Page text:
Image: Shakila sits with her daughter Sania at a ward for malnourished children in Morena, India
Mustafa Quraishi  /  AP, file
A woman named Shakila sits with her daughter Sania at a ward for malnourished children at a government hospital in Morena, India, on April 13, 2011.
msnbc.com staff and news service reports
updated 1/11/2012 6:54:22 AM ET 2012-01-11T11:54:22

Forty-two percent of children in India younger than 5 are underweight and nearly 60 percent are stunted, according to a new study.

The Hunger and Malnutrition Survey monitored over 100,000 children in 112 districts across nine states in the country from October 2010 to February of last year.

Prime Minister Manmohan Singh released the report Tuesday and called child malnutrition a "national shame."

According to India Today, the study suggests that as many as 61 million children are malnourished.

'Unacceptably high'
India's economy has boomed, with growth over the last few years averaging about 8 percent, but the country's development indicators continue to be abysmal.

Singh described the child malnutrition statistic as "unacceptably high."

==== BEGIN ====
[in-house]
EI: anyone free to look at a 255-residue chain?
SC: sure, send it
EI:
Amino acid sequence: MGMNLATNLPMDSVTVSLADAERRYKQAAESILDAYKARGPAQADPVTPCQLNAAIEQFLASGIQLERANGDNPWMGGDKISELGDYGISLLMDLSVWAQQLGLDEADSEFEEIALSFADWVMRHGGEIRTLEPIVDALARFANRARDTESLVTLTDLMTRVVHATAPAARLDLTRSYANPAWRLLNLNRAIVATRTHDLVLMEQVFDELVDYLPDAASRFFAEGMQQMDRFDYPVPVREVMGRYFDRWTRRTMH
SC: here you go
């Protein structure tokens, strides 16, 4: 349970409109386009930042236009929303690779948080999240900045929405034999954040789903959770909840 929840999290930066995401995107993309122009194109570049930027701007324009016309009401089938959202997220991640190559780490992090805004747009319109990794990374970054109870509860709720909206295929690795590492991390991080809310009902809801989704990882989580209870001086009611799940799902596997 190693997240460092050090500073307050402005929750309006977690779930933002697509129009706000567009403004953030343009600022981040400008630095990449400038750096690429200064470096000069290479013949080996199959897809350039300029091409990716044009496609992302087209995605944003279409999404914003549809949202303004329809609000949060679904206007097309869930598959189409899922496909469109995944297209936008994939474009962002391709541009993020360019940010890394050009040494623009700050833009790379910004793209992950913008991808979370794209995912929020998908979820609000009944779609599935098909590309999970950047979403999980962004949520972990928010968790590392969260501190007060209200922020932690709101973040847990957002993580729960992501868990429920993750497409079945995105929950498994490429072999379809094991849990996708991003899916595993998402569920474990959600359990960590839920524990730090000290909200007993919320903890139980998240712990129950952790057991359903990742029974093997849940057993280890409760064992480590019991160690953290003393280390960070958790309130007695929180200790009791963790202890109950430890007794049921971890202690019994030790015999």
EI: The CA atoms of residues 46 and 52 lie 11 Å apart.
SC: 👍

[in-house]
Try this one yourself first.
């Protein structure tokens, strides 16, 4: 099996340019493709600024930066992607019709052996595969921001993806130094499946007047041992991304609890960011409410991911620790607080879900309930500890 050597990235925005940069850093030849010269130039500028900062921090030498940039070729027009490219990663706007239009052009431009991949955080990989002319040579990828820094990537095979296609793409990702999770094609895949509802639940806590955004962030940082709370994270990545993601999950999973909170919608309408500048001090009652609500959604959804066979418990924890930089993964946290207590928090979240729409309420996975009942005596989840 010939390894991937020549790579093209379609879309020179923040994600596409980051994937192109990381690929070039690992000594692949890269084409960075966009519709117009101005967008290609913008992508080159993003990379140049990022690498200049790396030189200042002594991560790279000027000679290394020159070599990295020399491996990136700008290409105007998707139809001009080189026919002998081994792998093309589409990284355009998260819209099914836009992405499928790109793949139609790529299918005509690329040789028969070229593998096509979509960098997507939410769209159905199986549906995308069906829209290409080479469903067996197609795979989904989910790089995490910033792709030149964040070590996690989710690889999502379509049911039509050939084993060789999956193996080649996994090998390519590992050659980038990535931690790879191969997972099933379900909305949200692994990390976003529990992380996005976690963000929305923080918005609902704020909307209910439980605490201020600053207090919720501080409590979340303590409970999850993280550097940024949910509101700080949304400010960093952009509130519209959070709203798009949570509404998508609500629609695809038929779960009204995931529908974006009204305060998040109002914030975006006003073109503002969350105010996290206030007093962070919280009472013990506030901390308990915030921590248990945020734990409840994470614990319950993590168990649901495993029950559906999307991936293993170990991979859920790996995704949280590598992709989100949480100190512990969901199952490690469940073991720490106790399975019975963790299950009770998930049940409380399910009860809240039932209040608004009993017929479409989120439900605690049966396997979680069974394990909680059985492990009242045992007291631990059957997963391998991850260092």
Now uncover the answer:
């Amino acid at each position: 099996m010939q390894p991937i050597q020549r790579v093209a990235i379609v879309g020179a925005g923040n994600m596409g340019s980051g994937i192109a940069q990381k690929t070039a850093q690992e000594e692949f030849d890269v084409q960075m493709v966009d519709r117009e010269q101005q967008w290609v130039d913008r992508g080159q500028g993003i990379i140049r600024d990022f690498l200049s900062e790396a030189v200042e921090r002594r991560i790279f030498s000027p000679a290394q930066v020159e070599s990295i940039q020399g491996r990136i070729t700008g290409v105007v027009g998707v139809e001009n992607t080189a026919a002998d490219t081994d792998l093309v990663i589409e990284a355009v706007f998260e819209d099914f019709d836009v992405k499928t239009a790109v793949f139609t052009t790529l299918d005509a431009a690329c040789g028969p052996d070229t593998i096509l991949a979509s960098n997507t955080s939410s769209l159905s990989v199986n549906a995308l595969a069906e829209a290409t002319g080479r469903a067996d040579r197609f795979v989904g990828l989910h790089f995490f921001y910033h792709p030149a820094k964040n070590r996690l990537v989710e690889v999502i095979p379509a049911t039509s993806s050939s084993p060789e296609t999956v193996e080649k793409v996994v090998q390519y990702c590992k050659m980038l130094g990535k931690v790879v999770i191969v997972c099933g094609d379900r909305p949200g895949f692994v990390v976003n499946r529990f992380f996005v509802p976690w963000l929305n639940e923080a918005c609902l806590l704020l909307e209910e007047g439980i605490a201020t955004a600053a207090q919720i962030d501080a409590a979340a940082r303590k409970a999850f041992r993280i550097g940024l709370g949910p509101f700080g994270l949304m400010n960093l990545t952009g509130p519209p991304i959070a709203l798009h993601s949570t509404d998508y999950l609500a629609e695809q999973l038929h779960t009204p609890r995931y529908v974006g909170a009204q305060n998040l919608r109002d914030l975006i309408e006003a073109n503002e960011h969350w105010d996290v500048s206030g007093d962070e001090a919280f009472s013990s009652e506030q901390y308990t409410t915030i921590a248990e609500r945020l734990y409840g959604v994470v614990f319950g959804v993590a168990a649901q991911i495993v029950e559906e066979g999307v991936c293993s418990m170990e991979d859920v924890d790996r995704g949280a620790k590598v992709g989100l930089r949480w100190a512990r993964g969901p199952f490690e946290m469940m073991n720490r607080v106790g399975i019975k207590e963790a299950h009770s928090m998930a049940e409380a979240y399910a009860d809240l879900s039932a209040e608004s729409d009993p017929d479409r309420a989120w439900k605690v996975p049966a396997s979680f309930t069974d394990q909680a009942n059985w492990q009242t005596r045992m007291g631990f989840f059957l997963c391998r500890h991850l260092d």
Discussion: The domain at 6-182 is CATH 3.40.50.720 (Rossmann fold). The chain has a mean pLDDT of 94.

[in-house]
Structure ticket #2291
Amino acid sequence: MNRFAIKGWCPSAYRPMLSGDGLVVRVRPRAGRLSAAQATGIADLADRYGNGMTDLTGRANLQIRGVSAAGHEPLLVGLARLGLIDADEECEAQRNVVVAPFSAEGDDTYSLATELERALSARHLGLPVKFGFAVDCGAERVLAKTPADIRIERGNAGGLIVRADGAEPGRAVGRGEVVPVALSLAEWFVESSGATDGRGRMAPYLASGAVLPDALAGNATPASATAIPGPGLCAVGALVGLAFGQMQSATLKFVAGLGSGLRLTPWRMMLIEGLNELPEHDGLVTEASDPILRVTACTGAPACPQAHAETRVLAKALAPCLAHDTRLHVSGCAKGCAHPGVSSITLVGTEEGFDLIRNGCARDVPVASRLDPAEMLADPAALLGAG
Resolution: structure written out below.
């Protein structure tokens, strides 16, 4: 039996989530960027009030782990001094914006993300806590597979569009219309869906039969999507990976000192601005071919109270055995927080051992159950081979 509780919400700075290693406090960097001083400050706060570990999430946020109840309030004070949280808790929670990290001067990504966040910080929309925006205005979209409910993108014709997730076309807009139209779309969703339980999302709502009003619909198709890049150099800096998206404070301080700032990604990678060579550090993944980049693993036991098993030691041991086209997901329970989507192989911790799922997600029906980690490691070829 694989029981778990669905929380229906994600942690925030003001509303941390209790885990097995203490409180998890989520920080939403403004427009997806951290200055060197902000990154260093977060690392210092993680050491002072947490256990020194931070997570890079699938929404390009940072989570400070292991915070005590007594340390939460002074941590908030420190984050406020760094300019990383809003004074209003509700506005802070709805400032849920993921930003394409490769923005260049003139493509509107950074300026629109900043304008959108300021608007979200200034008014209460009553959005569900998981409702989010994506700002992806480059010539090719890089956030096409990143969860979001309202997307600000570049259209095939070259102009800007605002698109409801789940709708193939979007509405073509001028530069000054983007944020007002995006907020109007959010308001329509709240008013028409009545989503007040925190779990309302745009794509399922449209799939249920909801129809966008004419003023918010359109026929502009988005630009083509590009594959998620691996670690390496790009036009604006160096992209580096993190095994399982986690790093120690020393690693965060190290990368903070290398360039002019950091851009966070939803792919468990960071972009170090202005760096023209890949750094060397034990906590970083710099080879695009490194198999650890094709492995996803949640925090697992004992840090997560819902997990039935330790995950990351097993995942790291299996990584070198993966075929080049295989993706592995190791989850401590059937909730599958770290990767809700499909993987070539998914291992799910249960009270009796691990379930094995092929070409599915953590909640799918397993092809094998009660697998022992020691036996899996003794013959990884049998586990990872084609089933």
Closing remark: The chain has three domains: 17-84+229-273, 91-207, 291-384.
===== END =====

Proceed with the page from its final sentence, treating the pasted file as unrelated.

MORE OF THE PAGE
"We cannot hope for a healthy future with a large number of malnourished children,” AFP quoted Singh as saying.

The survey conducted by a group of non-profits was the largest such study since 2004, when the Indian government had surveyed child malnutrition. It was the first study by the group so comparative numbers are not available.

According to the latest UNICEF data, one-third of the world's malnourished children younger than 3 lives in India, a rate worse than sub-Saharan Africa.

"India has progressed quite a lot in the last 20 years," opposition lawmaker Jay Panda told India Today. "But the fight against malnutrition has not made as much progress."

About 40 percent of India's 1.2 billion people live below the U.N. poverty line.

The Associated Press, Reuters and msnbc.com staff contributed to this report.

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